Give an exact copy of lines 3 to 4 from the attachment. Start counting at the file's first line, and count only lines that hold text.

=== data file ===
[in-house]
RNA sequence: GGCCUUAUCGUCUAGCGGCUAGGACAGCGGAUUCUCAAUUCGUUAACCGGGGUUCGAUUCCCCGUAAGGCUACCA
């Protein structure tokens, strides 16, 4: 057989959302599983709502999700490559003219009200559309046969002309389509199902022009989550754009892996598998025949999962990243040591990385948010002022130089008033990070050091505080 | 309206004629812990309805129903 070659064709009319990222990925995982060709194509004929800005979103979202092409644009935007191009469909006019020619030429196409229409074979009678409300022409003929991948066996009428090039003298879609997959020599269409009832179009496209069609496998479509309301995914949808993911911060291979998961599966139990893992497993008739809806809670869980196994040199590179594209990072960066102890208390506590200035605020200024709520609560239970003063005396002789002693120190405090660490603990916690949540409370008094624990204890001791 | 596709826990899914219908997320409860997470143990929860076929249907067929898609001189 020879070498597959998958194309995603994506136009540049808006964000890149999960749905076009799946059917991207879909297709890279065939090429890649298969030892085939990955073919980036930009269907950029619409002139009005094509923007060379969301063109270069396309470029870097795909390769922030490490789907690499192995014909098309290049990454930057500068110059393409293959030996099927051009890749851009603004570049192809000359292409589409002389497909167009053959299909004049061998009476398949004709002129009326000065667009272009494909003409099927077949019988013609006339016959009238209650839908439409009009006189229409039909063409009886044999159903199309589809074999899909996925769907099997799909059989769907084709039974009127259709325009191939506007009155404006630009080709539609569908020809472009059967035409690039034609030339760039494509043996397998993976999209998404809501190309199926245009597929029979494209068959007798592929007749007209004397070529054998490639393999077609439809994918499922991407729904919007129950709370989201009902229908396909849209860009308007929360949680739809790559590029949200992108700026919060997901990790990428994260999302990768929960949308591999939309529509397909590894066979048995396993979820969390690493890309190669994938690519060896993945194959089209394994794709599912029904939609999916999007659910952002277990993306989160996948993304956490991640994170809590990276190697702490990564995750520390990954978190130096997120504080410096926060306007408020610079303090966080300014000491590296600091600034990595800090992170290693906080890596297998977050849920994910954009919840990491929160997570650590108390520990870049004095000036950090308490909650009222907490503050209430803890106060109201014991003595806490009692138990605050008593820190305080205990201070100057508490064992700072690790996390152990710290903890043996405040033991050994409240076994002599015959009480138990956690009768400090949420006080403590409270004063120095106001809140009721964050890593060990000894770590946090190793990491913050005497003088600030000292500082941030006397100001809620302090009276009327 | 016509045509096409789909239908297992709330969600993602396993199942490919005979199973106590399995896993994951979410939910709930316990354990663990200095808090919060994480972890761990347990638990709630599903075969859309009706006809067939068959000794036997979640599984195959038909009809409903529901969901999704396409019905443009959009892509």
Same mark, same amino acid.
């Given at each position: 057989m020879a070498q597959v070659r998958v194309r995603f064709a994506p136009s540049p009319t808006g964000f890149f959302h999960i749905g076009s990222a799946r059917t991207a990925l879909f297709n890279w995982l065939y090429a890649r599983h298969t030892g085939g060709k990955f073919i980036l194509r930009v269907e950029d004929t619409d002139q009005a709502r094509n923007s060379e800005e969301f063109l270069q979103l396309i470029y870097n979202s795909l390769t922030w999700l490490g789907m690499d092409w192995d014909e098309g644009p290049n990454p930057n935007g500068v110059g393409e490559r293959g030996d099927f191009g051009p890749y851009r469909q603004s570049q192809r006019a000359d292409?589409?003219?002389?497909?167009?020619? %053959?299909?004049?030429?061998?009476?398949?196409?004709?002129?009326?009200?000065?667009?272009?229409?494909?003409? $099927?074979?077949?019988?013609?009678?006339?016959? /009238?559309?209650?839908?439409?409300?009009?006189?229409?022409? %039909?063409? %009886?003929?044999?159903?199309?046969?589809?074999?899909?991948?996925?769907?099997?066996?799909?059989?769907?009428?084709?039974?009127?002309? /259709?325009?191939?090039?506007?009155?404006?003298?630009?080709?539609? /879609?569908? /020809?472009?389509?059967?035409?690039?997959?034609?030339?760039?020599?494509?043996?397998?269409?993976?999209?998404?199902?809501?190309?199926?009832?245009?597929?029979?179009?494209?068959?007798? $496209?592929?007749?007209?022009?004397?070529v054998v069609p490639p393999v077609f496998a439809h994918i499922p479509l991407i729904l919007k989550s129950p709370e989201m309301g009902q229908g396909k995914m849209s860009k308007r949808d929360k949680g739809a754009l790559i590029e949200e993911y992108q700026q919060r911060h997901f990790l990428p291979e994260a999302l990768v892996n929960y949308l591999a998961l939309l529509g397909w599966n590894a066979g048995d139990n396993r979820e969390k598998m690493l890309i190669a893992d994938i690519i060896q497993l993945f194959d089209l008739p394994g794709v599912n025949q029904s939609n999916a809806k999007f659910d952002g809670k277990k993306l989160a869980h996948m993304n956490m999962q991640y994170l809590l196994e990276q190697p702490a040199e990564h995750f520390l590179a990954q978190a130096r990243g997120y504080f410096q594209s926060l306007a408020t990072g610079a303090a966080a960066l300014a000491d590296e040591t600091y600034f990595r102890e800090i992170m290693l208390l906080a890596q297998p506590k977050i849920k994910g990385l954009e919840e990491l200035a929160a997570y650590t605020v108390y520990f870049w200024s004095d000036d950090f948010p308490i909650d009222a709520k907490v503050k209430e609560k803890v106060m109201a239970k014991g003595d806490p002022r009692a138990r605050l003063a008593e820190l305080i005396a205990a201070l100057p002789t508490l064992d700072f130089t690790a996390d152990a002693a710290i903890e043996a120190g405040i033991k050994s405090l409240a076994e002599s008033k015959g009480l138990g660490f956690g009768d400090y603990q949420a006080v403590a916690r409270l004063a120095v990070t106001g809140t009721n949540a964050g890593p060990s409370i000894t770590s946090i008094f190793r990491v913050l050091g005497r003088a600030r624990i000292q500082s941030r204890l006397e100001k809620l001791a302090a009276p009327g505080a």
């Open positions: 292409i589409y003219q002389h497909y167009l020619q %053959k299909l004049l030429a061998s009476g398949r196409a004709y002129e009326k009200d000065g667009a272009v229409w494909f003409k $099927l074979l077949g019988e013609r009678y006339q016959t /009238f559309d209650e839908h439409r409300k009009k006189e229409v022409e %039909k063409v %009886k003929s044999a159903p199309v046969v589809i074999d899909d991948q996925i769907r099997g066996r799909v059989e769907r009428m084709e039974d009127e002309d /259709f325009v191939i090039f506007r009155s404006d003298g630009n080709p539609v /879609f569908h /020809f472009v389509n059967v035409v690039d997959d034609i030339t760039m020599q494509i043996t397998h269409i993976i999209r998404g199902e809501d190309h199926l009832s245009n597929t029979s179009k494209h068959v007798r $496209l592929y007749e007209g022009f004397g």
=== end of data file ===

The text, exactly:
């Protein structure tokens, strides 16, 4: 057989959302599983709502999700490559003219009200559309046969002309389509199902022009989550754009892996598998025949999962990243040591990385948010002022130089008033990070050091505080 | 309206004629812990309805129903 070659064709009319990222990925995982060709194509004929800005979103979202092409644009935007191009469909006019020619030429196409229409074979009678409300022409003929991948066996009428090039003298879609997959020599269409009832179009496209069609496998479509309301995914949808993911911060291979998961599966139990893992497993008739809806809670869980196994040199590179594209990072960066102890208390506590200035605020200024709520609560239970003063005396002789002693120190405090660490603990916690949540409370008094624990204890001791 | 596709826990899914219908997320409860997470143990929860076929249907067929898609001189 020879070498597959998958194309995603994506136009540049808006964000890149999960749905076009799946059917991207879909297709890279065939090429890649298969030892085939990955073919980036930009269907950029619409002139009005094509923007060379969301063109270069396309470029870097795909390769922030490490789907690499192995014909098309290049990454930057500068110059393409293959030996099927051009890749851009603004570049192809000359292409589409002389497909167009053959299909004049061998009476398949004709002129009326000065667009272009494909003409099927077949019988013609006339016959009238209650839908439409009009006189229409039909063409009886044999159903199309589809074999899909996925769907099997799909059989769907084709039974009127259709325009191939506007009155404006630009080709539609569908020809472009059967035409690039034609030339760039494509043996397998993976999209998404809501190309199926245009597929029979494209068959007798592929007749007209004397070529054998490639393999077609439809994918499922991407729904919007129950709370989201009902229908396909849209860009308007929360949680739809790559590029949200992108700026919060997901990790990428994260999302990768929960949308591999939309529509397909590894066979048995396993979820969390690493890309190669994938690519060896993945194959089209394994794709599912029904939609999916999007659910952002277990993306989160996948993304956490991640994170809590990276190697702490990564995750520390990954978190130096997120504080410096926060306007408020610079303090966080300014000491590296600091600034990595800090992170290693906080890596297998977050849920994910954009919840990491929160997570650590108390520990870049004095000036950090308490909650009222907490503050209430803890106060109201014991003595806490009692138990605050008593820190305080205990201070100057508490064992700072690790996390152990710290903890043996405040033991050994409240076994002599015959009480138990956690009768400090949420006080403590409270004063120095106001809140009721964050890593060990000894770590946090190793990491913050005497003088600030000292500082941030006397100001809620302090009276009327 | 016509045509096409789909239908297992709330969600993602396993199942490919005979199973106590399995896993994951979410939910709930316990354990663990200095808090919060994480972890761990347990638990709630599903075969859309009706006809067939068959000794036997979640599984195959038909009809409903529901969901999704396409019905443009959009892509």
Same mark, same amino acid.